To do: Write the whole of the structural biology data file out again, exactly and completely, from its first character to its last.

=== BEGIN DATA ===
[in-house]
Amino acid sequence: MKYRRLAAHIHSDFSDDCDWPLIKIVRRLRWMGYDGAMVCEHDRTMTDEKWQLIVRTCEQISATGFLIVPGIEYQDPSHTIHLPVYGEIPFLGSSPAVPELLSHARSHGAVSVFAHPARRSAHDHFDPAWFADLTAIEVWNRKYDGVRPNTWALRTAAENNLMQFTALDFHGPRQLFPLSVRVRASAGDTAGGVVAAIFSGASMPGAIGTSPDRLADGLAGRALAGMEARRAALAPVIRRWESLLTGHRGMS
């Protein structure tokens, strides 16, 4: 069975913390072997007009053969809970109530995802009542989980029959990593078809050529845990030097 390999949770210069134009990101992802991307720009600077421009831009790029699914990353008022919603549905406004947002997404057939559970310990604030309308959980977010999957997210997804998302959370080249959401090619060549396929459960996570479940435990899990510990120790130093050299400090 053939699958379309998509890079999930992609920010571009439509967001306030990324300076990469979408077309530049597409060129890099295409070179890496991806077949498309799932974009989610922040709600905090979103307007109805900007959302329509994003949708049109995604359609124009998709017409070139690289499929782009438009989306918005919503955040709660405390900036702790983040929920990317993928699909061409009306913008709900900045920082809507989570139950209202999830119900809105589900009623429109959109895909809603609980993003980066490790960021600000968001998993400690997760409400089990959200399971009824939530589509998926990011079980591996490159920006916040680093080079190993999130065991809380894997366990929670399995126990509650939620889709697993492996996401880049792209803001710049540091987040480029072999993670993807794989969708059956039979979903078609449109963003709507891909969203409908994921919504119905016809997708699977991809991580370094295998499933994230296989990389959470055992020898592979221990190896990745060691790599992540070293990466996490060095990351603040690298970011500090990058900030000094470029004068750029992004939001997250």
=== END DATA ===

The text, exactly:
[in-house]
Amino acid sequence: MKYRRLAAHIHSDFSDDCDWPLIKIVRRLRWMGYDGAMVCEHDRTMTDEKWQLIVRTCEQISATGFLIVPGIEYQDPSHTIHLPVYGEIPFLGSSPAVPELLSHARSHGAVSVFAHPARRSAHDHFDPAWFADLTAIEVWNRKYDGVRPNTWALRTAAENNLMQFTALDFHGPRQLFPLSVRVRASAGDTAGGVVAAIFSGASMPGAIGTSPDRLADGLAGRALAGMEARRAALAPVIRRWESLLTGHRGMS
């Protein structure tokens, strides 16, 4: 069975913390072997007009053969809970109530995802009542989980029959990593078809050529845990030097 390999949770210069134009990101992802991307720009600077421009831009790029699914990353008022919603549905406004947002997404057939559970310990604030309308959980977010999957997210997804998302959370080249959401090619060549396929459960996570479940435990899990510990120790130093050299400090 053939699958379309998509890079999930992609920010571009439509967001306030990324300076990469979408077309530049597409060129890099295409070179890496991806077949498309799932974009989610922040709600905090979103307007109805900007959302329509994003949708049109995604359609124009998709017409070139690289499929782009438009989306918005919503955040709660405390900036702790983040929920990317993928699909061409009306913008709900900045920082809507989570139950209202999830119900809105589900009623429109959109895909809603609980993003980066490790960021600000968001998993400690997760409400089990959200399971009824939530589509998926990011079980591996490159920006916040680093080079190993999130065991809380894997366990929670399995126990509650939620889709697993492996996401880049792209803001710049540091987040480029072999993670993807794989969708059956039979979903078609449109963003709507891909969203409908994921919504119905016809997708699977991809991580370094295998499933994230296989990389959470055992020898592979221990190896990745060691790599992540070293990466996490060095990351603040690298970011500090990058900030000094470029004068750029992004939001997250």